LAS VEGAS -- Floyd Mayweather Jr. produced another extraordinary boxing clinic at the MGM Grand on Saturday night, dominating Canelo Alvarez to remain undefeated. And in the co-main event, Danny Garcia rallied from a shaky start to overcome Lucas Matthysse. Here are five things we learned from Saturday's action:
1. It's all about the fundamentals.
At 20 years of age, Floyd Mayweather was a blur of activity, a succession of fast combinations that overwhelmed the likes of Genaro Hernandez and Angel Manfredy. At 36, Mayweather doesn't throw the same flurries, and doesn't move across the ring with quite the same rapidity, but he remains as elusive as ever, as hard to hit as ever, as dominant as ever, and as seemingly without peer as ever. That he is able to do so at an age when many other formerly great champions, such as Roy Jones Jr. and Oscar De La Hoya, had faded or retired can be credited to, as much as anything, fundamentals. In addition to his immense physical talents, he has a mastery of his craft that few can even come close to matching, a winning combination that is magnified by his exceptionally high work level and dedication to training. Added together, they create a puzzle that not one of his peers seems able to crack.
2. Fights aren't fought on paper.
The blueprint for how to beat Mayweather generally involves some combination of jabbing him, working him to the body and trapping him against the ropes. At various times, Alvarez did all of those things, and yet not only did he fail to make an impression, but each one of his supposedly successful tactics only opened him up to pain. When he jabbed, Mayweather jabbed him back, faster and more effectively. When he moved to the body, Mayweather flashed counter rights over the top. When Canelo backed him into the ropes, Mayweather twisted and turned, contorting his body until he was gone and, as if appearing from nowhere, in Canelo's grill and turning defense into offense, suddenly becoming the one who was backing his opponent to the ropes. It's one thing to have the right fight plan. It's another thing entirely to execute it against a master like Mayweather.
3. So now we're back to asking who's next.
Mayweather's previous outing against Robert Guerrero was not, by Mayweather's recent standards, an immense success. Part of that was because Mayweather showed no interest in promoting it; part of it also was, perhaps, that not enough people took Guerrero sufficiently seriously as a challenger. By contrast, the fight with Alvarez was exceptionally well-promoted and created a tremendous buzz. There's a real chance it will beat all manner of pay-per-view records, not least due to the fact that Alvarez brought with him an enormous fan base and the belief among many that he posed the toughest remaining test for Mayweather. That Floyd, in fact, toyed with Canelo so comprehensively and effortlessly is an immense testament to his abilities as a fighter, but it will also likely pose real challenges to him as a promoter. He insists he has four fights remaining before he retires. Absent any appreciable decline in his skills and abilities, and given the realities of the HBO/Top Rank-Showtime/Golden Boy feud, what contender remains that can reasonably claim to have a shot to beat Mayweather and persuade people to part with their hard-earned money?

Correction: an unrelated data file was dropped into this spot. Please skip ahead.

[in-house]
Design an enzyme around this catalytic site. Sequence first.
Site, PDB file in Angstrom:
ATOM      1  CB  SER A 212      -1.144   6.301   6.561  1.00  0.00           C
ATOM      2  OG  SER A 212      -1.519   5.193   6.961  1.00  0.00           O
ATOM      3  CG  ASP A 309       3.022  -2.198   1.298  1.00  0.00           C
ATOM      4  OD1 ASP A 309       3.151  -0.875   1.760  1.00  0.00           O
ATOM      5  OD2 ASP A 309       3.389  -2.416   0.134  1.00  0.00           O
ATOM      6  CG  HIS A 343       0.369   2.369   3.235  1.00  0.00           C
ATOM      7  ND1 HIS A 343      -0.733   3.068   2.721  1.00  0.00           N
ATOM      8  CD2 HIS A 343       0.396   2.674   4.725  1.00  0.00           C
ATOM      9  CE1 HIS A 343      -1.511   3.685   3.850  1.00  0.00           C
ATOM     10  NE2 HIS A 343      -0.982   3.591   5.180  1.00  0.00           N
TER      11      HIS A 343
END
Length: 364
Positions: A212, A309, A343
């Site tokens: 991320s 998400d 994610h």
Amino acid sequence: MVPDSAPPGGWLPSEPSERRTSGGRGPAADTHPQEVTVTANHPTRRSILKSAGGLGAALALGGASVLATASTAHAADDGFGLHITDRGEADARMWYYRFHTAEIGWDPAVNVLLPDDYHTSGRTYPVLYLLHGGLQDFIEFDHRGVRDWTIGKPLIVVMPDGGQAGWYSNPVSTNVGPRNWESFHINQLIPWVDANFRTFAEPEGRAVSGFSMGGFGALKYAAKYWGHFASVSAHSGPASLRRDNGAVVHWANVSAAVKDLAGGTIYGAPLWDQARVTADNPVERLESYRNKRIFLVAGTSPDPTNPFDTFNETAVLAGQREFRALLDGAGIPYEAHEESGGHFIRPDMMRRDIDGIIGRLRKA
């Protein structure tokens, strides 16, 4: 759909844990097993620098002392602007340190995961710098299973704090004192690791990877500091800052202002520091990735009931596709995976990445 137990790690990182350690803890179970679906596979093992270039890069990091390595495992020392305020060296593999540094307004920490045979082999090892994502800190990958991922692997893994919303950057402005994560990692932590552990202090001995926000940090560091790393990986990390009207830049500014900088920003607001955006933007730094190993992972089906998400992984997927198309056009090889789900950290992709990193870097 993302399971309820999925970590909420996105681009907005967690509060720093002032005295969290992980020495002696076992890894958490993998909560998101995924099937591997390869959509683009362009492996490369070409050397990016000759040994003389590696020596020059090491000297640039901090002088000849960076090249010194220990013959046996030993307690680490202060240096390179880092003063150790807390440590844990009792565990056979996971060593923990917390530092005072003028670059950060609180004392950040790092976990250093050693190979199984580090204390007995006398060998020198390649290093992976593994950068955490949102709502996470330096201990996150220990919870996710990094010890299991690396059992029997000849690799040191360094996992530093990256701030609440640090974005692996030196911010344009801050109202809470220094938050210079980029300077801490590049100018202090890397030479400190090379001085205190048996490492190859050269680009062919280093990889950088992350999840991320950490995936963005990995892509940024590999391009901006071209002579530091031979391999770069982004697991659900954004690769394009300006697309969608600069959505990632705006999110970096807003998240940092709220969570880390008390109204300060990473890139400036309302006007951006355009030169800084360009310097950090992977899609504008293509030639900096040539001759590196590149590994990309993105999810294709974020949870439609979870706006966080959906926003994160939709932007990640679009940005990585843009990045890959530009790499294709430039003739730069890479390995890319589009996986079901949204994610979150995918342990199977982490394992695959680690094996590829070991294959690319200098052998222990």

4. Doubt Danny no more.
Angel Garcia was a roiling tempest of barely suppressed fury all week. And if that seems to define his public persona at the best of times, his anger was exacerbated by his sense that his son, Danny, was being underrated and disrespected. He hated the fact that Lucas Matthysse, and not Danny, graced the cover of Ring Magazine. He hated the fact that so many professional prognosticators (including this one) picked his son not just to lose, but to lose by emphatic knockout. He asked repeatedly what it would take for Danny to receive his just due and respect. What it took was a gutty, come-from-behind victory over Matthysse, in a bout filled with changes of momentum, in which Garcia demonstrated once again the grit for which he is known, as well as an impressive level of skill. His reward is likely to be a May bout against Mayweather -- for which he will again be the heavy, heavy underdog.
5. It must be said: Boxing isn't dead.
Notwithstanding the ongoing efforts of boxing to shoot itself in the foot -- such as the scorecards for the main event, which were too close and, in the case of the one submitted by C.J. Ross, positively putrid and surely ensuring that she should never again judge a fight -- it retains a pull on the public when the right fights involving the right fighters get made at the right time. This weekend's card was a perfect indicator of that. The buzz in Las Vegas was as electric as any bout in Sin City in the past 15 years, and the atmosphere in the arena was intense. There remains nothing quite like the atmosphere at a big fight, and despite the ongoing forecasts of the sport's demise, it will remain so forever.